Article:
Regarding lighting controls, the 2021 IECC conceptually aims to minimize energy consumption by automatically reducing or turning Off lighting when it is not being used based on three inputs: occupancy, a timed event, or ambient light level. Required lighting controls include automatic shutoff, light reduction, and daylight-responsive controls. Additionally, various manual controls are required for occupant convenience and additional energy savings with light reduction, and zoning restrictions ensure independent control of lighting where needed. General exemptions include emergency/security areas requiring continuous lighting; interior exit passageways/stairways/ramps; and normally Off emergency egress lighting.
With the 2021 version, the IECC notably added:
- daylight-responsive control to secondary sidelit daylight zones;
- new requirements for parking garage controls; and
- automatic receptacle control requirements for various spaces, producing a need that may be satisfied by the lighting control system.
Otherwise, there are a number of lighting changes, many of them for clarity and consistency.
The 2021 IECC provides two paths for interior lighting controls compliance, one based on luminaire-level lighting controls (LLLC) and the other based on using remote devices. Both provide automatic shutoff, daylight response, and manual control where needed.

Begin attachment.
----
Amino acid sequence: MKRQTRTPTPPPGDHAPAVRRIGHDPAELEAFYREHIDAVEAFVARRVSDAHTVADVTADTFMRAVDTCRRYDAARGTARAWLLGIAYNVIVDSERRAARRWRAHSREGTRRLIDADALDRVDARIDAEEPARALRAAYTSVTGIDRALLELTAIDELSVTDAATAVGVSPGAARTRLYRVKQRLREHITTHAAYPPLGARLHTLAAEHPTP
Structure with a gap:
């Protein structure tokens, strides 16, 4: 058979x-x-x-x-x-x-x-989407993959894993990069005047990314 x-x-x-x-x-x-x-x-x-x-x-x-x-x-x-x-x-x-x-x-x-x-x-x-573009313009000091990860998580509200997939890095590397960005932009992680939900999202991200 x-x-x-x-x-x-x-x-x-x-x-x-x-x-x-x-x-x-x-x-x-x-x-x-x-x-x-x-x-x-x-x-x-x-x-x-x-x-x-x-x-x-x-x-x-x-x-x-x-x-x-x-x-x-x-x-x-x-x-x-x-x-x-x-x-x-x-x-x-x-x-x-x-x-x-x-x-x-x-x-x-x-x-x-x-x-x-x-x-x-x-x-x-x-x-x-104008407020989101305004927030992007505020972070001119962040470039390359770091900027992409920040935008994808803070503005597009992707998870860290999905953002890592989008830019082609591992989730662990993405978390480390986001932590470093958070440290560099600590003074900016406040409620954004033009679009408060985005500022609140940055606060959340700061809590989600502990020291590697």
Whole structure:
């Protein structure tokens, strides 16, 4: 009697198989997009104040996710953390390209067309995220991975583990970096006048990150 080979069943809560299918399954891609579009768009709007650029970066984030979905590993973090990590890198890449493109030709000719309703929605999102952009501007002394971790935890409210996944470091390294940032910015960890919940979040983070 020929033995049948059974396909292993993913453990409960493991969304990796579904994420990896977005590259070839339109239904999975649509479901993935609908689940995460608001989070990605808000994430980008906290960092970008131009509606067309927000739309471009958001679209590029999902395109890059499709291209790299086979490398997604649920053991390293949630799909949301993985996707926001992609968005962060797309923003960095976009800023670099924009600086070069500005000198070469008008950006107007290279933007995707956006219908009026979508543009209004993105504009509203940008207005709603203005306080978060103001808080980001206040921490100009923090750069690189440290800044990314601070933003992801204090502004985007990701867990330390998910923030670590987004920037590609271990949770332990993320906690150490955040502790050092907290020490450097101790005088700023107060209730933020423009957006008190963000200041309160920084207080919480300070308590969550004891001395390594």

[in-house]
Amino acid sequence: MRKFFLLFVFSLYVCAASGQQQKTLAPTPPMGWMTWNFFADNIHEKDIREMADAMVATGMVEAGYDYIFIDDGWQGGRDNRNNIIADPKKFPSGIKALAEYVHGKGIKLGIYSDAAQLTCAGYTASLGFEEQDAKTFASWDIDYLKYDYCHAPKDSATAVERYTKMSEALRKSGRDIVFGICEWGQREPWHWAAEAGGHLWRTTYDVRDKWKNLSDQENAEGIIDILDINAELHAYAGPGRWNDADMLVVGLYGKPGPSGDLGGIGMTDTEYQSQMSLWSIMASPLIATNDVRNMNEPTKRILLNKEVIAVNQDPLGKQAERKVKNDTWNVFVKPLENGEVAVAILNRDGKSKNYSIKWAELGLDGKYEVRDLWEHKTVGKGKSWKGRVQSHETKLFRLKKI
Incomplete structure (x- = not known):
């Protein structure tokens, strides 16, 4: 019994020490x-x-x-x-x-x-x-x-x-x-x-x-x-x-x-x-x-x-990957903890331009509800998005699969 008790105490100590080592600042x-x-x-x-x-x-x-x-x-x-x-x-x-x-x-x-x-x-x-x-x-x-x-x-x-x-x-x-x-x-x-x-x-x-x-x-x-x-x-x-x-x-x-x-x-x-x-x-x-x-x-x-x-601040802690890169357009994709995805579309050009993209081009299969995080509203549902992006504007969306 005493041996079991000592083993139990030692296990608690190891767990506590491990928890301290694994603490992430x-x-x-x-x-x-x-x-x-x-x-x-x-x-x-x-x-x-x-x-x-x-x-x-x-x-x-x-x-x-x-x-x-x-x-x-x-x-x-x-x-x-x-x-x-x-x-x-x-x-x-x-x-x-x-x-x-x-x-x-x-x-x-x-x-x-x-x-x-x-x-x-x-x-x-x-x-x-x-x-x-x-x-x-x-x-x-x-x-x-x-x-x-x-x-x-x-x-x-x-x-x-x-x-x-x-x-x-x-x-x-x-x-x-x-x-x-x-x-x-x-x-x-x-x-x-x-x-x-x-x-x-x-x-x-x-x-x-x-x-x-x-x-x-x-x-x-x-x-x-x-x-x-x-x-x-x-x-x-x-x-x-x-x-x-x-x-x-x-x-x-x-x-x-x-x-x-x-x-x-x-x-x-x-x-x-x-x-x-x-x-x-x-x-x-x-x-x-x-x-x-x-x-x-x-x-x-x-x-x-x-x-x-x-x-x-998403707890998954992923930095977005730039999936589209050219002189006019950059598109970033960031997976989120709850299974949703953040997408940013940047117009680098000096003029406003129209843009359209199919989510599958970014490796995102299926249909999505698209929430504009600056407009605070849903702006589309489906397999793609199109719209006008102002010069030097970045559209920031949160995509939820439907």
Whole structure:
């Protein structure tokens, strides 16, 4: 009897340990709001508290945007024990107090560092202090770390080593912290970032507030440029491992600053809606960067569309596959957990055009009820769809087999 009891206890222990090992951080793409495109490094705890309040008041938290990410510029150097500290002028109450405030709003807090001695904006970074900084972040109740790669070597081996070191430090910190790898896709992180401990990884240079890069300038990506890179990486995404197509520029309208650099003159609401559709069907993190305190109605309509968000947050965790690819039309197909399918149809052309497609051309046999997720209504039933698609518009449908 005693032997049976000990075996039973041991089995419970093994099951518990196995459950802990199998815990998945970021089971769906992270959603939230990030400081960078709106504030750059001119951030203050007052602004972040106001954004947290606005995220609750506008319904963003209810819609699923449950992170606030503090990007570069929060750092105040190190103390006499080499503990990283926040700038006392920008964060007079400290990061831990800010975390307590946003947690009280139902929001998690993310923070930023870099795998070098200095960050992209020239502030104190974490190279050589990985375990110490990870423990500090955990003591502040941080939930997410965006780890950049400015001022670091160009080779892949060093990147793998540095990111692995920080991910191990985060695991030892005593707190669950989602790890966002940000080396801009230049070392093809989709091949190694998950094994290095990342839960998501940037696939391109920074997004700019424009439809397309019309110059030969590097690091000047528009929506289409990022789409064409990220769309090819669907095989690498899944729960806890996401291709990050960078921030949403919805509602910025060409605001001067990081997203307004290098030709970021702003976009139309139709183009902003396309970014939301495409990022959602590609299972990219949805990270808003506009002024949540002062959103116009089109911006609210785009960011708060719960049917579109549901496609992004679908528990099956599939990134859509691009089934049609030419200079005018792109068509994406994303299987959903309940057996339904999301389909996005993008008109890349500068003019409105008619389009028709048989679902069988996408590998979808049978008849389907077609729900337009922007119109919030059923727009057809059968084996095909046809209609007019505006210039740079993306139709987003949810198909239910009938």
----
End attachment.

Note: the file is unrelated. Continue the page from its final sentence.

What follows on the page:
IECC defines LLLC as a “lighting system consisting of one or more luminaires with embedded lighting control logic, occupancy and ambient light sensors, wireless networking capabilities, and local override switching capability, where required.” The LLLC luminaire will be capable of independently monitoring occupancy and ambient light and then raising and lowering light output accordingly to save energy. It may also oeprate as a group or zone of luminaires, sharing sensor information and coordinating control strategies between luminaires. Configurable characteristics must include bright and dim setpoints, timeouts, fade rates, sensitivity, and wireless zoning. Incorporating lighting control functionality into the luminaire thereby may simplify code compliance.
In a majority of interior spaces, occupants are to be given the means of controlling the general lighting via manual control. This may be a discrete device (C405.2.6) or be incorporated into or with an occupant sensor (C405.2.1.1). Manual controls must be placed so they are readily accessible to occupants and such that they can see controlled lights or, in the case of remote control, identify the area served by the manual control as well as the status of the lights.
An occupant sensor may be full-automatic-On if manual control would pose a safety or security risk to occupants. It may also be full-automatic-On in some specific spaces such as stairways and interior parking areas. Otherwise, generally, it must be partial-On to 50% of power or manual-On. If the occupant sensor is partial-On, the manual control allows the lights to be raised to full or turned Off. If the occupant sensor is manual On, the manual control allows the lights to be turned On and Off.
In areas where occupant sensors are not required, a time-switch control may be used (C405.2.2.1). This approach must incorporate an override manual control switch that enables the lighting in a maximum 5,000-sq.-ft. area to remain On for up to two hours. In the case of certain larger applications such as mall concourses and sports arenas, a captive key device may be used as the override switch, with the control zone configurable up to 20,000 sq.ft.